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First cargo leaves APLNG’s Curtis Island plant

Published by
World Coal,

Australian Pacific LNG (APLNG) has commenced operations with its first LNG cargo departing from its LNG facility on Curtis Island, new Gladstone in the Australian state of Queensland. The LNG vessel Methane Spirit departed the facility on 9 January and marked the end of over four years of planning and construction.

“This achievement is testament to an extraordinary amount of work completed by co-venturers, Origin Energy, ConocoPhillips and Sinopec, a multitude of key contractors, including Bechtel, and a 15 000 strong workforce,” said APLNG CEO, Page Maxson. “In addition, we are thankful for the ongoing support from all of our stakeholders, including local, state and federal governments, landholders and community members.”

APLNG expects to reach full production from two LNG trains on Curtis Island by the end of 2016. “We are delighted to be part of the establishment of the CSG-LNG industry in Queensland, one that will continue for many decades and provide economic opportunities across the state,” concluded Maxson.

Origin Managing Director, Grant King, also welcomed the departure of the first cargo, calling it a “landmark moment”. Origin owns a 37.5% stake in APLNG and is responsible for the upstream sourcing of the coal seam gas (CSG, also known as coalbed methane) that feeds the plant, as well as the main gas transmission pipeline.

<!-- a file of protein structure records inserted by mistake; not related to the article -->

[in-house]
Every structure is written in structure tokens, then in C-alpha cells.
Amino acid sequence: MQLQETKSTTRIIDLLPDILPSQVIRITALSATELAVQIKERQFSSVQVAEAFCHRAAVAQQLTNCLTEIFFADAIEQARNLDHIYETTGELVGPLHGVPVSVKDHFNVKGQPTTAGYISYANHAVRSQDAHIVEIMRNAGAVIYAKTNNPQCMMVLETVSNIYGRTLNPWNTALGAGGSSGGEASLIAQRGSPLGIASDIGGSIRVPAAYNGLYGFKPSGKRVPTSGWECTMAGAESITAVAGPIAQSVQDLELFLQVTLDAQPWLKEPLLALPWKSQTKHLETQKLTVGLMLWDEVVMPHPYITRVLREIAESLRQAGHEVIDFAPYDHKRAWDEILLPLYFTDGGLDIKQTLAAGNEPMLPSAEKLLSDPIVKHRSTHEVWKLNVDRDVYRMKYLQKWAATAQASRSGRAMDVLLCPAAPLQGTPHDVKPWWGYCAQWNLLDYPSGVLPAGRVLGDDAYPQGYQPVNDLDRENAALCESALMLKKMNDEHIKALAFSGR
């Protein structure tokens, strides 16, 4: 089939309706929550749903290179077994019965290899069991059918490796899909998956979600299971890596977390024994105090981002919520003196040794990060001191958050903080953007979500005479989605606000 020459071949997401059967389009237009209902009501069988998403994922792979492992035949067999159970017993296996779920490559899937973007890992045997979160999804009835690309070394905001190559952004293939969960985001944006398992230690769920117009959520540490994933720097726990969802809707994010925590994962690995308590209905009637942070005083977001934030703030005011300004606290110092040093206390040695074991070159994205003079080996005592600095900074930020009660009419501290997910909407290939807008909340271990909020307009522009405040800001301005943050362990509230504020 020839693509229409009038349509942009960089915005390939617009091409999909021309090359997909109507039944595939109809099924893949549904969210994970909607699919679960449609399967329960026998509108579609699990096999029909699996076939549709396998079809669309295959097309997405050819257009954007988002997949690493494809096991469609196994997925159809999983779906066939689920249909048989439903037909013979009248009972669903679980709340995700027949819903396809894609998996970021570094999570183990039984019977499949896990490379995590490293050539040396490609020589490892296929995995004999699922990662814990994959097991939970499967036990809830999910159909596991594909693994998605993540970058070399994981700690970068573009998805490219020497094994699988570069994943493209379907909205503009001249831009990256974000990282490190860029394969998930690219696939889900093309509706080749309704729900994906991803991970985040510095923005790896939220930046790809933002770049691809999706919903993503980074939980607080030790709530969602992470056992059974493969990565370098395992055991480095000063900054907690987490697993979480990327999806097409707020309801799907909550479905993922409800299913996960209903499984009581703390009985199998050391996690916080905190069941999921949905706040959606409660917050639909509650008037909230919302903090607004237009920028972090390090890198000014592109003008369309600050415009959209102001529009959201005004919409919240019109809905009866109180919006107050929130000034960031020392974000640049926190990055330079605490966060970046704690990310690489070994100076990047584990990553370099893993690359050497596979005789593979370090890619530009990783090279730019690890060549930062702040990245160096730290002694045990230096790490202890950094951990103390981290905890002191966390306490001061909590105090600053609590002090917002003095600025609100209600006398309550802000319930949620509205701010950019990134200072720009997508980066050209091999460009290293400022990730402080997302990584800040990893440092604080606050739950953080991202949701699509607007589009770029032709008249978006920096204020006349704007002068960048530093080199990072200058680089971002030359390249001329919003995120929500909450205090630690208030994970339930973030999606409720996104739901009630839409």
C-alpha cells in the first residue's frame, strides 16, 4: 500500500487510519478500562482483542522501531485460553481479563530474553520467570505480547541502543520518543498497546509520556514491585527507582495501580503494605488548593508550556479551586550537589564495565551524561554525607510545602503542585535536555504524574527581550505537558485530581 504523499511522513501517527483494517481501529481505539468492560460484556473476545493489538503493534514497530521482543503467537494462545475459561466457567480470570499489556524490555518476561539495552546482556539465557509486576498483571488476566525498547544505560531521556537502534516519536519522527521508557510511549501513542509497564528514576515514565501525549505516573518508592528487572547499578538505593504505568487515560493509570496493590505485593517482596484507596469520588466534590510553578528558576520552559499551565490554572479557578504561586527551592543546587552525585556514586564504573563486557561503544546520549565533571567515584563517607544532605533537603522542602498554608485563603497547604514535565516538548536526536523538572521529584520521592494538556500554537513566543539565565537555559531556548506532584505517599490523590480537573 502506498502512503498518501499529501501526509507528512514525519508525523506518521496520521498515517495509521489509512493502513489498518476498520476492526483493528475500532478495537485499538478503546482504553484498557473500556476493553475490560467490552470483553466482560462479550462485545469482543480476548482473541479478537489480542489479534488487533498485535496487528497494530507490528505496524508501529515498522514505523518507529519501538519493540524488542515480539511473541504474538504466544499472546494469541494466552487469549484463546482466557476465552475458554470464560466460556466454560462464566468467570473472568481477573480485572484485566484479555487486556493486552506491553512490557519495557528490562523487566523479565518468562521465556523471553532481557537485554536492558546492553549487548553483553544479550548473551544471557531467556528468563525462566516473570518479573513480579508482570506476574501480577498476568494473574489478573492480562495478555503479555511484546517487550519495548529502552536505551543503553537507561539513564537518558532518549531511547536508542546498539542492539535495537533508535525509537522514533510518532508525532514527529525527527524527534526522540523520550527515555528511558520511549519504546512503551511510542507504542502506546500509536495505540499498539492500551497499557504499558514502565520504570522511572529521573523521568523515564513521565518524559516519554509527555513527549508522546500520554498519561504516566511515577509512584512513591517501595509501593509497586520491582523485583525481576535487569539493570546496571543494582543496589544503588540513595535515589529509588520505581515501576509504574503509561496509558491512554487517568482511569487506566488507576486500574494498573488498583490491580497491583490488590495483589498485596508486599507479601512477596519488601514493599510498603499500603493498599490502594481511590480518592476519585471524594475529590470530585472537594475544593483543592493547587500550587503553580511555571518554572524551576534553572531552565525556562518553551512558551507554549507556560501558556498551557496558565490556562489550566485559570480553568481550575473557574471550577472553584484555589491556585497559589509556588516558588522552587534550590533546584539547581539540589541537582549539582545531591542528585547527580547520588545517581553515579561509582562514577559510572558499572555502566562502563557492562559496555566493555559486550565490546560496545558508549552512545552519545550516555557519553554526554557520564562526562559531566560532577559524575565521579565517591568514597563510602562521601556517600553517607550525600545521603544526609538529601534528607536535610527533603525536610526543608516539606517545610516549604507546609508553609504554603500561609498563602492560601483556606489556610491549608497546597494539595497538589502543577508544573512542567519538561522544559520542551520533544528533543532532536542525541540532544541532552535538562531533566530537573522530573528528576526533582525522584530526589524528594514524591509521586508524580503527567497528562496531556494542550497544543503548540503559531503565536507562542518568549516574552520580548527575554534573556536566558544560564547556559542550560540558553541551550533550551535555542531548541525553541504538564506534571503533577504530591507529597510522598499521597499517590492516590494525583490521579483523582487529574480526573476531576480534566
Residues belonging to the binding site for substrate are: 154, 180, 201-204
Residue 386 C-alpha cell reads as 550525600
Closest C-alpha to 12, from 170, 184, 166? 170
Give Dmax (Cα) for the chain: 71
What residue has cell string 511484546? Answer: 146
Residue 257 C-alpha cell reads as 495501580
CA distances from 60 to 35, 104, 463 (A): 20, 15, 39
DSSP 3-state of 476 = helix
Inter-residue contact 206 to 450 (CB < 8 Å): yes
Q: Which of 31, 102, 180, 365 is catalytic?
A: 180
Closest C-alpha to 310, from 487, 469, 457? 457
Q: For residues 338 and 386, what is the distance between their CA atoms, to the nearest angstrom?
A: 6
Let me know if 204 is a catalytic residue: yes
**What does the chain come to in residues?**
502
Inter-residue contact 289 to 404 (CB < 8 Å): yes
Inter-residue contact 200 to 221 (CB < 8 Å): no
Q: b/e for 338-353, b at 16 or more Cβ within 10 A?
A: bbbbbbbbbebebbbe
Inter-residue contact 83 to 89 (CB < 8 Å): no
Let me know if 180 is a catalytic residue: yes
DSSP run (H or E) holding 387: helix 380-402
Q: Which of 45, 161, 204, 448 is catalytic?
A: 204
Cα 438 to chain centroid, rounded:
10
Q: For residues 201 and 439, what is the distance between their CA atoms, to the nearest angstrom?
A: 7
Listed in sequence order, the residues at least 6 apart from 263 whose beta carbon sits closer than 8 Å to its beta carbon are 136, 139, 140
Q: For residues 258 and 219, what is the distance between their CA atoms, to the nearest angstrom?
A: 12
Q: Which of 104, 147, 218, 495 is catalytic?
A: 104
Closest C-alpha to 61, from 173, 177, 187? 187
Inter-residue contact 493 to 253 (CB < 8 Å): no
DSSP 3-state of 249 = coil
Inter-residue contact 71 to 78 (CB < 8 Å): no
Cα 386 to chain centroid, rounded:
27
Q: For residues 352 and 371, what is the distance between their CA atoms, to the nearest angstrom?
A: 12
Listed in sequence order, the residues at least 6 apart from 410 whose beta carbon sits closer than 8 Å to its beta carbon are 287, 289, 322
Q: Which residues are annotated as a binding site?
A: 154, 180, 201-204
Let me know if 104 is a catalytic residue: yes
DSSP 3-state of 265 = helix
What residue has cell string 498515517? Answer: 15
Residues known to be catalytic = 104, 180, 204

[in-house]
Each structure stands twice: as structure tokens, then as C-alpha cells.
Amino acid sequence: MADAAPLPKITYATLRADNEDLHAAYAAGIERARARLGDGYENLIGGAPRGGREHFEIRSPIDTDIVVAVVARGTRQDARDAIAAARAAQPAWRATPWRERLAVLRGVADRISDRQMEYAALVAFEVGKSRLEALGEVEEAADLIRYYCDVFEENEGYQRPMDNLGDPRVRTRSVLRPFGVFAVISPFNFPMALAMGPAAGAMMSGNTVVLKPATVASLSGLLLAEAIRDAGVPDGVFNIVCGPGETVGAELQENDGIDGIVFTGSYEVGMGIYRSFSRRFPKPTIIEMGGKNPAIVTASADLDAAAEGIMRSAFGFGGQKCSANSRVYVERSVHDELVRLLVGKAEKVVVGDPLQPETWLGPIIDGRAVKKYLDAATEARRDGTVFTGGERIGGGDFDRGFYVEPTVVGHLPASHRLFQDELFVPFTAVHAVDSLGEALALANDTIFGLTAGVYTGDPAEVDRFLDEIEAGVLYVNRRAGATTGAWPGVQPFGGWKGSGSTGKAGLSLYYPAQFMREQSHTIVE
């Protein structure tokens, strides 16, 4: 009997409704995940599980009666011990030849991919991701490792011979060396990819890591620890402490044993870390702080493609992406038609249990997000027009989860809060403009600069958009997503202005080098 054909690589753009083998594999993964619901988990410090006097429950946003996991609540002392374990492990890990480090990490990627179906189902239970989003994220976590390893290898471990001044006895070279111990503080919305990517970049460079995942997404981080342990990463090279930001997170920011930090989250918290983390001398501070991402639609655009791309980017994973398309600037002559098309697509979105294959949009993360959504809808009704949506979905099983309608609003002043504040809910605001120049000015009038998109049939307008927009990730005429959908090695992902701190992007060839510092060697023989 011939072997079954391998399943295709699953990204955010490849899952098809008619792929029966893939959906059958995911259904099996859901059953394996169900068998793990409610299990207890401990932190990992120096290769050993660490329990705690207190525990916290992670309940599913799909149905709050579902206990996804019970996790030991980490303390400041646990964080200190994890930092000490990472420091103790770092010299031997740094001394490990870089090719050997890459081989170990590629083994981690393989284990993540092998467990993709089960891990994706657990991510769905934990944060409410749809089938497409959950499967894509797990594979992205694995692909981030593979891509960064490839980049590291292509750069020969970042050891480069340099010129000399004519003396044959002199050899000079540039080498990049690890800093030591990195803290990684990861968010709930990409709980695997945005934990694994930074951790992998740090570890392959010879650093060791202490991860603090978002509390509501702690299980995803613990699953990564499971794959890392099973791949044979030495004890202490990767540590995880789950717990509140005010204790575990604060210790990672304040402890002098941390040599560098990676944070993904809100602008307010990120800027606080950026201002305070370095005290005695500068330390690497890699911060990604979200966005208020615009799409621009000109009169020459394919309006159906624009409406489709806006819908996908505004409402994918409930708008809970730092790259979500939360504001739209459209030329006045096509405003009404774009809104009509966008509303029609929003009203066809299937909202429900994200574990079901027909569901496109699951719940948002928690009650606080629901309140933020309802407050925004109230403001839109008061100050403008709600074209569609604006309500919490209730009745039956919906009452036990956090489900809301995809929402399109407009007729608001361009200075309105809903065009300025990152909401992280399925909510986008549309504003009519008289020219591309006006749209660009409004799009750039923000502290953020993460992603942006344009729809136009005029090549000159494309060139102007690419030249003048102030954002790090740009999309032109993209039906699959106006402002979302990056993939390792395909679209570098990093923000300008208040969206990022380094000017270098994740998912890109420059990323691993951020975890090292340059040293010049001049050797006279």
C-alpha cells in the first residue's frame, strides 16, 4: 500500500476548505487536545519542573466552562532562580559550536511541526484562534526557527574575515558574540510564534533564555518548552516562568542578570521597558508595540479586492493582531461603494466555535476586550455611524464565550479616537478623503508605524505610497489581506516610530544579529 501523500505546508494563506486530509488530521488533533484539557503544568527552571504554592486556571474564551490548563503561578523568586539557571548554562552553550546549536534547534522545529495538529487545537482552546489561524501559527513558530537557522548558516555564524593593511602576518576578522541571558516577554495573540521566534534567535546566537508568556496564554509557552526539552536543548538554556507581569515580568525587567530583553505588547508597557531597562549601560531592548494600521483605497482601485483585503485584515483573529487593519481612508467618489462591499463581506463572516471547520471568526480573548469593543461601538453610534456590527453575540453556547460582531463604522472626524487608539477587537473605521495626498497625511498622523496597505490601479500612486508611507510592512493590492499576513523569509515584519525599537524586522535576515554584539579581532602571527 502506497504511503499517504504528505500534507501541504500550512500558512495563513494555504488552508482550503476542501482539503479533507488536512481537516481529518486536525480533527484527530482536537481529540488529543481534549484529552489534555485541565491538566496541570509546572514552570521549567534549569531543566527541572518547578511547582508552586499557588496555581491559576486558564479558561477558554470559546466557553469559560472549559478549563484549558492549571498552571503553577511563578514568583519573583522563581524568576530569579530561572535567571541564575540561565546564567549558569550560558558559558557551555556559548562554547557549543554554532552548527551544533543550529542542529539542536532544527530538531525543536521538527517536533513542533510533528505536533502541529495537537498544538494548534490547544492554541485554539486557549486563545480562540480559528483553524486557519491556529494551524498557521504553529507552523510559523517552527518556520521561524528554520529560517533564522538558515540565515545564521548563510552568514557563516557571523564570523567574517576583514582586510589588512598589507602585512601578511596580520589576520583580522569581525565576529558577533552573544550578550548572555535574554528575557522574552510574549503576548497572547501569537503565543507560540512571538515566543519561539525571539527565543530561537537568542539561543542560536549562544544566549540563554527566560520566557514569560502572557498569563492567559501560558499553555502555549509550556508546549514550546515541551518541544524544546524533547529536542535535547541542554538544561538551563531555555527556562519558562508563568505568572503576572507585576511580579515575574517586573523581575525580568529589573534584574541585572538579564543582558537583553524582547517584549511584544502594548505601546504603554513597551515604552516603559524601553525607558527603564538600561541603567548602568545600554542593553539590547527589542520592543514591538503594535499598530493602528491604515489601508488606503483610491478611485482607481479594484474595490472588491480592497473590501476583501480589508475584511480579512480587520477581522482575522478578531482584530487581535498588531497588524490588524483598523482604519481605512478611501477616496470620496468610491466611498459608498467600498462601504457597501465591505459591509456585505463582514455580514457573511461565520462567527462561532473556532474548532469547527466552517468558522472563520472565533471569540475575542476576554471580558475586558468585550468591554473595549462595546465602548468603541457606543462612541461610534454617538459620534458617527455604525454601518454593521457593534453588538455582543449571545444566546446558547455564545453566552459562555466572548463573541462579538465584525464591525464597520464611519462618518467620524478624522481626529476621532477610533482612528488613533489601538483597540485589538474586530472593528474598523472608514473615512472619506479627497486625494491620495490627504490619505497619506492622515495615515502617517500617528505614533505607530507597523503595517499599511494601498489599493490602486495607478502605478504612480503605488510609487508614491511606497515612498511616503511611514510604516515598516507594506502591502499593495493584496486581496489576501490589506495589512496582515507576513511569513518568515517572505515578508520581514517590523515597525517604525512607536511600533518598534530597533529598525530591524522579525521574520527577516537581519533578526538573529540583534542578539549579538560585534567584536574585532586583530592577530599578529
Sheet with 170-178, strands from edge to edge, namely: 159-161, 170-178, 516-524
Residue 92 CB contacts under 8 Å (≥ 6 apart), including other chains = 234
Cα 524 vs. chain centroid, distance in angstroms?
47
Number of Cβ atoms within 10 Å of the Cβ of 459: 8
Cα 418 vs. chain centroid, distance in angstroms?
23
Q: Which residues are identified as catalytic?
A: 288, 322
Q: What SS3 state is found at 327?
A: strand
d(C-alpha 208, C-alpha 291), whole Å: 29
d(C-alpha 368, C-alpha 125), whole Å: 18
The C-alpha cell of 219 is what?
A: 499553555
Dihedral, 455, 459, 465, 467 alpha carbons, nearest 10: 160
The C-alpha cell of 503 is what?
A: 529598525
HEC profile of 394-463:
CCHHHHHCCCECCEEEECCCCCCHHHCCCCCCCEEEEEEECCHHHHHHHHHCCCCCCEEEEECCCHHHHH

At full capacity, APLNG’s two train LNG production facility will supply 9 million tpa of LNG to export markets.

The Queensland natural gas industry has seen AUS$70 billion of investment and contributed AUS$22.1 billion to the state economy in 2014 – 2015, according to Queensland Resources Council CEO, Michael Roche, who called the sector a “vital and growing pillar for Queensland’s economy”.

“As organisations such as APLNG continue to achieve these significant milestones, Australian will remain on track to become the world’s leading exporter of natural gas by 2020 – with Queensland amongst those leading the pack,” Roche concluded.

The shipment of the first cargo from APLNG is also a significant moment for Bechtel, the contractor responsible for all three LNG plants on Curtis island.

“The simultaneous work on the three giant plants constitutes the greatest concentration of greenfields construction for Becthel anywhere in the world,” said Alasdair Cathcart, General Manager of Bechtel’s LNG business line. “With all three plants now producing LNG, we are proud of the significant role Bechtel colleagues are playing in bringing Queensland’s cleaner energy resources to the world.”

In November, Bechtel handed over operational control of the Queensland Curtis LNG plant to QGC, while in October the Santos GLNG project produced its first cargo.

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